The Spiders from Mars! This phrase describes both David Bowie’s backing band in the 1970s as well as a peculiar feature on Mars that has nothing like it on Earth. But we are here to discuss the latter, because scientists have experimental evidence of how they are formed.
In a paper published in Scientific Reports, researchers have simulated the condition of the Martian South Pole and found a process that creates araneiforms, the spider-like feature seen in many orbital observations of the Red Planet. The team tested the so-called Kieffer’s hypothesis for their formation which matched incredible observations from the last decade. And now, it can be recreated faithfully in the lab.
Mars is much cooler than Earth, and its atmosphere is made mostly of carbon dioxide. In winter, at the poles, this freezes from the air onto the ground and in spring it sublimates – it goes straight from solid to gas. What the team saw is that this sublimation is not top-down, but bottom-up.
Sunlight penetrates through the transparent ice and warms the soil beneath it. The ice layer will begin to sublimate closer to the terrain until the outer layer of ice can’t deal with the pressure and cracks, creating the peculiar pattern into which the sandy/dusty material of Mars will be deposited as a plume.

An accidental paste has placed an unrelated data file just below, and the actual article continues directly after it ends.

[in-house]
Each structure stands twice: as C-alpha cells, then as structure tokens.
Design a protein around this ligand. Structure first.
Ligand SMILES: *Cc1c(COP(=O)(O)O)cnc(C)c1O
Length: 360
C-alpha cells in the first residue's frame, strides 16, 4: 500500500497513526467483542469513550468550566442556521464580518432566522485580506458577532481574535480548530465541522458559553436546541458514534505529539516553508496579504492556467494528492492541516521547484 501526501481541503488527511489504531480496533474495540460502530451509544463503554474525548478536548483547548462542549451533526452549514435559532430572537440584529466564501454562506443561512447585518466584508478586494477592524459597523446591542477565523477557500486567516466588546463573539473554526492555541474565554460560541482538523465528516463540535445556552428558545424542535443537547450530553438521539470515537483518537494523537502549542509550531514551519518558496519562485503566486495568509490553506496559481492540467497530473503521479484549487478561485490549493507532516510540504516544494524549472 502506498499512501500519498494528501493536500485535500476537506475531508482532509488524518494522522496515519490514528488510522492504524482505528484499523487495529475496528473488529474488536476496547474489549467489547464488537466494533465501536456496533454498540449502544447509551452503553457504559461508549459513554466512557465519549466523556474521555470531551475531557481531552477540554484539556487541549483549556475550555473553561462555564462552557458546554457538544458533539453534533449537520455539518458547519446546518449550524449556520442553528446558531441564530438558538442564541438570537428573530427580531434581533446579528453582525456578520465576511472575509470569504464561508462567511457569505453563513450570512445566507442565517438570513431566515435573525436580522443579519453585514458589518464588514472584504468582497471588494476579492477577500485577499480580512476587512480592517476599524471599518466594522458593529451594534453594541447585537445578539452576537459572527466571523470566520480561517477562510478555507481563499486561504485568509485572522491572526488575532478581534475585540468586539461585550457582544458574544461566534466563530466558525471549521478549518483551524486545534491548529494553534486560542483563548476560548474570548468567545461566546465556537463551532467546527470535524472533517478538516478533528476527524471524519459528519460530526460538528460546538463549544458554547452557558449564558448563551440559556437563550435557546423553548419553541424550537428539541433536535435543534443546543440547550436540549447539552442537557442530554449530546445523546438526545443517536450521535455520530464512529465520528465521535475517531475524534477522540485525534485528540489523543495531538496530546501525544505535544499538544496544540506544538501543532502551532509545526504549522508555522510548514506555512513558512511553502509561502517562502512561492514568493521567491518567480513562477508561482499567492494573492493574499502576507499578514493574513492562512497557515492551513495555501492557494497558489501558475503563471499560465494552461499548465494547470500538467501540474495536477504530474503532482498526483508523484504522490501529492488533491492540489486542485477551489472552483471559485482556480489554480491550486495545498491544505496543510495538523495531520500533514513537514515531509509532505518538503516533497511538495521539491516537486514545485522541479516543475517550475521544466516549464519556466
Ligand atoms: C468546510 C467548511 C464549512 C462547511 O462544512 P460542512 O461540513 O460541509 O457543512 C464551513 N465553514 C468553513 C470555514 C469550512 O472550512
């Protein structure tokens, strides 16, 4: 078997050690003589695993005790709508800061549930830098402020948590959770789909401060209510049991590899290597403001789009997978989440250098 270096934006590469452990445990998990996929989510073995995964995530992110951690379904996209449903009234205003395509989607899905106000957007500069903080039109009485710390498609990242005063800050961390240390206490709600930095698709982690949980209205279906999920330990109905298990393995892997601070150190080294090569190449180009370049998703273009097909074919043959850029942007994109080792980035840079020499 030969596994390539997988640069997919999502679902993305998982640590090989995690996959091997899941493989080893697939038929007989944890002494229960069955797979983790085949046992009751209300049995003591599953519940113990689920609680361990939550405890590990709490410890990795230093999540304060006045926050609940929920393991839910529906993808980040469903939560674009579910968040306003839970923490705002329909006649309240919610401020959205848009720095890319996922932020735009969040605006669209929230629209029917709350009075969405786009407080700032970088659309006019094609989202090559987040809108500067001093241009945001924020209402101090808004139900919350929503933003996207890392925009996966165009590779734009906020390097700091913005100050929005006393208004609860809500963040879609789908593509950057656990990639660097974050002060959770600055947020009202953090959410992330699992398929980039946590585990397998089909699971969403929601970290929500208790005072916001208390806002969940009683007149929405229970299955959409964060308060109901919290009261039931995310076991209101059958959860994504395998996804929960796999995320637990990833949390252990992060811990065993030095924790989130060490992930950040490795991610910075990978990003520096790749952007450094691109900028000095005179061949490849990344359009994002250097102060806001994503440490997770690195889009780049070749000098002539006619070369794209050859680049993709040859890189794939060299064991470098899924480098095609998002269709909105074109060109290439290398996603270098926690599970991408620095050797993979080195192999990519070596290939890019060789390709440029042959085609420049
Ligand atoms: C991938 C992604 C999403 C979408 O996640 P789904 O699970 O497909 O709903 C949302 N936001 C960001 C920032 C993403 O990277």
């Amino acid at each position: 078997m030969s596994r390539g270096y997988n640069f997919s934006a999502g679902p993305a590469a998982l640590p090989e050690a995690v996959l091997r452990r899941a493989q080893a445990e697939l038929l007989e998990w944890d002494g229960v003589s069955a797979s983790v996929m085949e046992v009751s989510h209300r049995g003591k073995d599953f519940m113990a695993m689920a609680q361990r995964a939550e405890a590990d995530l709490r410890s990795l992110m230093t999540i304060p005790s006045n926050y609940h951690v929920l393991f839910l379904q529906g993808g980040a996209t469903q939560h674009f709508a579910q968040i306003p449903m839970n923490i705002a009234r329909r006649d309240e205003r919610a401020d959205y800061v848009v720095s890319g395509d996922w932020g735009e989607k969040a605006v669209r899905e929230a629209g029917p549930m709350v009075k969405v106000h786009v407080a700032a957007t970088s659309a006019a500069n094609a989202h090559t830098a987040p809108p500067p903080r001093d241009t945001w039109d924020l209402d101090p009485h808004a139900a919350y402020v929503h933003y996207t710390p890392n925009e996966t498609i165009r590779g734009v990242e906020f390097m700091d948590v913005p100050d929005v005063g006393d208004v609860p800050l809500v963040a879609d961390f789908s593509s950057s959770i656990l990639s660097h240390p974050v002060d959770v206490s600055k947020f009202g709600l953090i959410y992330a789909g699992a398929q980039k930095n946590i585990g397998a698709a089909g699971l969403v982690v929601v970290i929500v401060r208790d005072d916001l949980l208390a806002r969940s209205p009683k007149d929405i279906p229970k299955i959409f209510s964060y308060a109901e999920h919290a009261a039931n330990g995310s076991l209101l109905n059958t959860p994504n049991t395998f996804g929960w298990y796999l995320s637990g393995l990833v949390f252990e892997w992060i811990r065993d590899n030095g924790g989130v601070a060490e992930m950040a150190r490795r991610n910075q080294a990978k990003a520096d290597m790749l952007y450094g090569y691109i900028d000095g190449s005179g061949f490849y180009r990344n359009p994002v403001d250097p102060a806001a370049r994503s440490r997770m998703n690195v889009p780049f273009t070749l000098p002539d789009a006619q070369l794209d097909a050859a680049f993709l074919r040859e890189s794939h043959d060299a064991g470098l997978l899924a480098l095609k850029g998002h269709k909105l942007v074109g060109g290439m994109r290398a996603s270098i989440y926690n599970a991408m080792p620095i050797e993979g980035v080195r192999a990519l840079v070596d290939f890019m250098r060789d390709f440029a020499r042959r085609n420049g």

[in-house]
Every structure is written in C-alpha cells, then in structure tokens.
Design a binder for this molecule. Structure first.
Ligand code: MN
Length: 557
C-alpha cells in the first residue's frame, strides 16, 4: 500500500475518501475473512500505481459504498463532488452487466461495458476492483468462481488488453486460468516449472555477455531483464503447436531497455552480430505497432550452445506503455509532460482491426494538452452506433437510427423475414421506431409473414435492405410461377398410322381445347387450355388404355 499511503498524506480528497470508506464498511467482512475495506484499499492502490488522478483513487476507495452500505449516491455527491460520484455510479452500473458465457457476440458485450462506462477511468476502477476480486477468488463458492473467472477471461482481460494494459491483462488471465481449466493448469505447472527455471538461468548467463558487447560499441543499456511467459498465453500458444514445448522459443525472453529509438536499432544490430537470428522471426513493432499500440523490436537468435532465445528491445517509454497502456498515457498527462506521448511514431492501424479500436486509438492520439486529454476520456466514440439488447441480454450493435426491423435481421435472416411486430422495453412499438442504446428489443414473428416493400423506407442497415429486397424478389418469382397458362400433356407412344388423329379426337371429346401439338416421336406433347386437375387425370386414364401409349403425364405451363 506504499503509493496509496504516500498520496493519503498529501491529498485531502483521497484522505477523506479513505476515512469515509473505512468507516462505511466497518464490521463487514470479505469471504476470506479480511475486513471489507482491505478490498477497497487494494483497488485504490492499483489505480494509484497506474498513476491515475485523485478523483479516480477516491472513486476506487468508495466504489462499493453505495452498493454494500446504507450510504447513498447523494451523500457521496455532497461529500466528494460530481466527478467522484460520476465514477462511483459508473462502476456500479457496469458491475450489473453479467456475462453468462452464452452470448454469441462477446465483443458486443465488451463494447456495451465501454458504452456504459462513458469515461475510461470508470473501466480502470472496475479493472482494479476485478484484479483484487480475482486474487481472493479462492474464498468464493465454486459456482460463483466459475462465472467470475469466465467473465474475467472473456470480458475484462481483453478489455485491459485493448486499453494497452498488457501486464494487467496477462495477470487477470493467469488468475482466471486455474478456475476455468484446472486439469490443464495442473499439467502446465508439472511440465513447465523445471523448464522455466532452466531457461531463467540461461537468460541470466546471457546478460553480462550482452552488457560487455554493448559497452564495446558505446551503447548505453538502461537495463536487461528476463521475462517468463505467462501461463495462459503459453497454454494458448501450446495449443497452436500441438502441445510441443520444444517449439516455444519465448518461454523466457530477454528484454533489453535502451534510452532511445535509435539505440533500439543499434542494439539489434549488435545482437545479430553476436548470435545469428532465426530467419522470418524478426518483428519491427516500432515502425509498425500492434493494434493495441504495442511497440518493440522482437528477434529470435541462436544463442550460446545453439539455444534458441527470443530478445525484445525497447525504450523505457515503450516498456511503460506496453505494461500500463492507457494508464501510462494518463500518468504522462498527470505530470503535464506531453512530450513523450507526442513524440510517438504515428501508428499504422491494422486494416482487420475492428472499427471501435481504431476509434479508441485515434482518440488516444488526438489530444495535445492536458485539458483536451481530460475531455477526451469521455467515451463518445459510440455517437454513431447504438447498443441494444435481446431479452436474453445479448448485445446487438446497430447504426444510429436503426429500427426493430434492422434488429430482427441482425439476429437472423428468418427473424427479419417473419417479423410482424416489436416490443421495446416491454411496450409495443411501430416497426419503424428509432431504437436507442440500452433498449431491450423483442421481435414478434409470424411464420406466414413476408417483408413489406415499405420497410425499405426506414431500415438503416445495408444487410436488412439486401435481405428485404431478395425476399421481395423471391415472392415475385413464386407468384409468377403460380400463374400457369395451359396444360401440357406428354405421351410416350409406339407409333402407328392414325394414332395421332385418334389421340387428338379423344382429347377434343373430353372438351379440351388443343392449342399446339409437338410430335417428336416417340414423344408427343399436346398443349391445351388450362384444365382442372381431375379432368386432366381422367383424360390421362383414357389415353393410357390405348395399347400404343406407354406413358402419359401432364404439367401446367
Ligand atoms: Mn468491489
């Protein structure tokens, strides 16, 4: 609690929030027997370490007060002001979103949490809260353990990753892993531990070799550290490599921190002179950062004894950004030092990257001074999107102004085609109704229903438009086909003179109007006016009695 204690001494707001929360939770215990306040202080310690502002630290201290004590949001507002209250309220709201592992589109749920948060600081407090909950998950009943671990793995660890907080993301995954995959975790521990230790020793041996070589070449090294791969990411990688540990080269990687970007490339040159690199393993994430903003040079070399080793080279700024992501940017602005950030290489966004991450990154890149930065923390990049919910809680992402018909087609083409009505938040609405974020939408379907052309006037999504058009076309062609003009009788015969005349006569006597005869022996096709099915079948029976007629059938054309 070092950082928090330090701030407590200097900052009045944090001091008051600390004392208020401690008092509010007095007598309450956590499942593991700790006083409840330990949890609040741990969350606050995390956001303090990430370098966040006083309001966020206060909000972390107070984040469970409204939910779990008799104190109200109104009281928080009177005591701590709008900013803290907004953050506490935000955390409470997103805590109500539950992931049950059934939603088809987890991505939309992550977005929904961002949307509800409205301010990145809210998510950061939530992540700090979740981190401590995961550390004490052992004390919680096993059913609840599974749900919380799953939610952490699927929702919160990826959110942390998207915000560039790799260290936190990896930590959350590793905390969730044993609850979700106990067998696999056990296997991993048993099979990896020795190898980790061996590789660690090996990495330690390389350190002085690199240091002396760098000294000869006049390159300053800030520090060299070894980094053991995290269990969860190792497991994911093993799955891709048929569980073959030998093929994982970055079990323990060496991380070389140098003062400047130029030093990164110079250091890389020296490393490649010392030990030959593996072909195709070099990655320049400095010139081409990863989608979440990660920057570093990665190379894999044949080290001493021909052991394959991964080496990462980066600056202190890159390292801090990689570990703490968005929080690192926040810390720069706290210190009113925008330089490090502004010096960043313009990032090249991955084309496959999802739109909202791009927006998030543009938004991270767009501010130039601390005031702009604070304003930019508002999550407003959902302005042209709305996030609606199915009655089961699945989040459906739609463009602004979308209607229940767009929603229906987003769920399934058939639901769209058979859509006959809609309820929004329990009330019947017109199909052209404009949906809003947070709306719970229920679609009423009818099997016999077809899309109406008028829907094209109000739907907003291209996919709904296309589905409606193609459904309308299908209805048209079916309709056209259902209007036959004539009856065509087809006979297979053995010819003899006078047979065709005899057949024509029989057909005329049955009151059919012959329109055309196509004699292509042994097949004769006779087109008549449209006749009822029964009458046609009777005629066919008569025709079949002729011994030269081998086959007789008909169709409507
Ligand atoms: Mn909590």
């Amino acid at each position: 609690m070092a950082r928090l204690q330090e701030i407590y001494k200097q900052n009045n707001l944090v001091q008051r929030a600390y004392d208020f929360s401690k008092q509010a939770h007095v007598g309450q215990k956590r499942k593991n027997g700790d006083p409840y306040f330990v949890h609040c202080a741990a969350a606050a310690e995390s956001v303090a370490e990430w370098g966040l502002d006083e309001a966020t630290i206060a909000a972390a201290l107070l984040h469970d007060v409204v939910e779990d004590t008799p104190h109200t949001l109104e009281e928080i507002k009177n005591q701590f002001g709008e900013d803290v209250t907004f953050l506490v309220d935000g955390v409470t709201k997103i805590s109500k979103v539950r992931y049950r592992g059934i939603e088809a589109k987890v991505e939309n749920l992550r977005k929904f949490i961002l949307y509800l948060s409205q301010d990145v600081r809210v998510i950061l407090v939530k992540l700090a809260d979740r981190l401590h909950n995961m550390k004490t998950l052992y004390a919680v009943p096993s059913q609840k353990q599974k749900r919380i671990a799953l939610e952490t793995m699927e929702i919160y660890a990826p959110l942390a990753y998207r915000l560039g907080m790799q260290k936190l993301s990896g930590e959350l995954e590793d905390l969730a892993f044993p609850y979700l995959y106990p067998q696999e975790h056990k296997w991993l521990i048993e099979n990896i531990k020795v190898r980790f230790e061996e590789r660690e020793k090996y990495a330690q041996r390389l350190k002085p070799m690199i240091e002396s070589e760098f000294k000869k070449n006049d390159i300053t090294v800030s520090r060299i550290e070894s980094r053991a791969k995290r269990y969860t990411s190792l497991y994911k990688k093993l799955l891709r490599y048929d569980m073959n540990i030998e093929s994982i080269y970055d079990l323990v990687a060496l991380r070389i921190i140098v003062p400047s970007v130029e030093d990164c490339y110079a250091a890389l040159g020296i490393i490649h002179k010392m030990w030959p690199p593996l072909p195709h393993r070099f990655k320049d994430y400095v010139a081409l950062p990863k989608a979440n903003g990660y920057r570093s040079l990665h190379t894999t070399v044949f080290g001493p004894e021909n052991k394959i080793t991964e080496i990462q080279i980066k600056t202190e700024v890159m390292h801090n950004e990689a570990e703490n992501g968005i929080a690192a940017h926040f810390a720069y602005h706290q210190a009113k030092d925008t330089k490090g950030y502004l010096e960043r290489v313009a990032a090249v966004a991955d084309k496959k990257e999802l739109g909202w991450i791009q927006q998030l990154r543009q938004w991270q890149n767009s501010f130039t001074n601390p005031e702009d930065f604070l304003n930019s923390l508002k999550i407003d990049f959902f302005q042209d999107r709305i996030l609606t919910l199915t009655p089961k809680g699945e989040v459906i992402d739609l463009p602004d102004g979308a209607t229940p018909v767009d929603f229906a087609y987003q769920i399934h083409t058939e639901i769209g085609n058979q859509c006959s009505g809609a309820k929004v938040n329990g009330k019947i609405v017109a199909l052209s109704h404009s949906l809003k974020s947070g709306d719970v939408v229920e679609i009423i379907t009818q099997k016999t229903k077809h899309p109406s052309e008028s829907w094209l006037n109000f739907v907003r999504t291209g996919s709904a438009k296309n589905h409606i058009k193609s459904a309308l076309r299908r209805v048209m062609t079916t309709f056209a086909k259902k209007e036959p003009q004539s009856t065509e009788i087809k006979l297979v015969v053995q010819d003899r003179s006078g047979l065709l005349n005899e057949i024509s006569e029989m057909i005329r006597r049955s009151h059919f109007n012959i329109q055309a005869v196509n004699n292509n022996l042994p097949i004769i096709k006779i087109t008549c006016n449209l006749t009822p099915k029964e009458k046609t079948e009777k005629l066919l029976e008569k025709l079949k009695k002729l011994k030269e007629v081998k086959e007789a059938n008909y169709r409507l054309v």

“This research presents the first set of empirical evidence for a surface process that is thought to modify the polar landscape on Mars. Kieffer’s hypothesis has been well-accepted for over a decade, but until now, it has been framed in a purely theoretical context,” lead author Dr Lauren McKeown from the Open University, said in a statement.
"The experiments show directly that the spider patterns we observe on Mars from orbit can be carved by the direct conversion of dry ice from solid to gas. It is exciting because we are beginning to understand more about how the surface of Mars is changing seasonally today,” Dr McKeown continues.
The team had an ingenious approach to test this. They used a vacuum chamber to recreate the very low Martian pressure. They hung a perforated block of dry ice (frozen carbon dioxide) to a mechanical arm and lowered it towards simulated soils made of grains of various sizes.
Being near the warmer soil made the block sublimate, with material being lifted into a plume through the block's central hole by the freshly liberated gas. Once the block was removed, an araneiform structure was left on the soil. The finer the soil, the more branched out the pattern was.
“This innovative work supports the emergent theme that the current climate and weather on Mars has an important influence not only on dynamic surface processes, but also for any future robotic and/or human exploration of the planet,” explained co-author Dr Mary Bourke, from Trinity College Dublin.